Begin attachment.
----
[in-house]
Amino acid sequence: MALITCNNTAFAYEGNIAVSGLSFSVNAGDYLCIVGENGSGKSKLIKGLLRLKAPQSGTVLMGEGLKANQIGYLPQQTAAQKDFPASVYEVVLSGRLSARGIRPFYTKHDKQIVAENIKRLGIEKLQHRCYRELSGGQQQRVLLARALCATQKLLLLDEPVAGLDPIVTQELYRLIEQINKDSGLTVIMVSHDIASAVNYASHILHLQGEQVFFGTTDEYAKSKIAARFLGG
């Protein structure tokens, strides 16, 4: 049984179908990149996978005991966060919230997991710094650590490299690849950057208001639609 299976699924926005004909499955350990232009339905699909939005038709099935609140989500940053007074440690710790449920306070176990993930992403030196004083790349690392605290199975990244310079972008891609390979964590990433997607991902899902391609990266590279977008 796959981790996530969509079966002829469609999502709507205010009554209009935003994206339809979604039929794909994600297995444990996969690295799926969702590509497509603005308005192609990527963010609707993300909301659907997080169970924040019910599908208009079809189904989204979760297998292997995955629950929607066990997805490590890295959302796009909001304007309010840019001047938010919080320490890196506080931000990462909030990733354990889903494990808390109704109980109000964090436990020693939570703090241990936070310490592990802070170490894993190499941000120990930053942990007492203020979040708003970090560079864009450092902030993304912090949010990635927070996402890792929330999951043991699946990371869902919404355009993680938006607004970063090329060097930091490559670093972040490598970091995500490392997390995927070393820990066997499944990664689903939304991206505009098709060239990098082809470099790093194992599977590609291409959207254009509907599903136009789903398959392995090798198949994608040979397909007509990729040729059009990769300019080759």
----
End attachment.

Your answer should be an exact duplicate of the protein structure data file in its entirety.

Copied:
[in-house]
Amino acid sequence: MALITCNNTAFAYEGNIAVSGLSFSVNAGDYLCIVGENGSGKSKLIKGLLRLKAPQSGTVLMGEGLKANQIGYLPQQTAAQKDFPASVYEVVLSGRLSARGIRPFYTKHDKQIVAENIKRLGIEKLQHRCYRELSGGQQQRVLLARALCATQKLLLLDEPVAGLDPIVTQELYRLIEQINKDSGLTVIMVSHDIASAVNYASHILHLQGEQVFFGTTDEYAKSKIAARFLGG
């Protein structure tokens, strides 16, 4: 049984179908990149996978005991966060919230997991710094650590490299690849950057208001639609 299976699924926005004909499955350990232009339905699909939005038709099935609140989500940053007074440690710790449920306070176990993930992403030196004083790349690392605290199975990244310079972008891609390979964590990433997607991902899902391609990266590279977008 796959981790996530969509079966002829469609999502709507205010009554209009935003994206339809979604039929794909994600297995444990996969690295799926969702590509497509603005308005192609990527963010609707993300909301659907997080169970924040019910599908208009079809189904989204979760297998292997995955629950929607066990997805490590890295959302796009909001304007309010840019001047938010919080320490890196506080931000990462909030990733354990889903494990808390109704109980109000964090436990020693939570703090241990936070310490592990802070170490894993190499941000120990930053942990007492203020979040708003970090560079864009450092902030993304912090949010990635927070996402890792929330999951043991699946990371869902919404355009993680938006607004970063090329060097930091490559670093972040490598970091995500490392997390995927070393820990066997499944990664689903939304991206505009098709060239990098082809470099790093194992599977590609291409959207254009509907599903136009789903398959392995090798198949994608040979397909007509990729040729059009990769300019080759």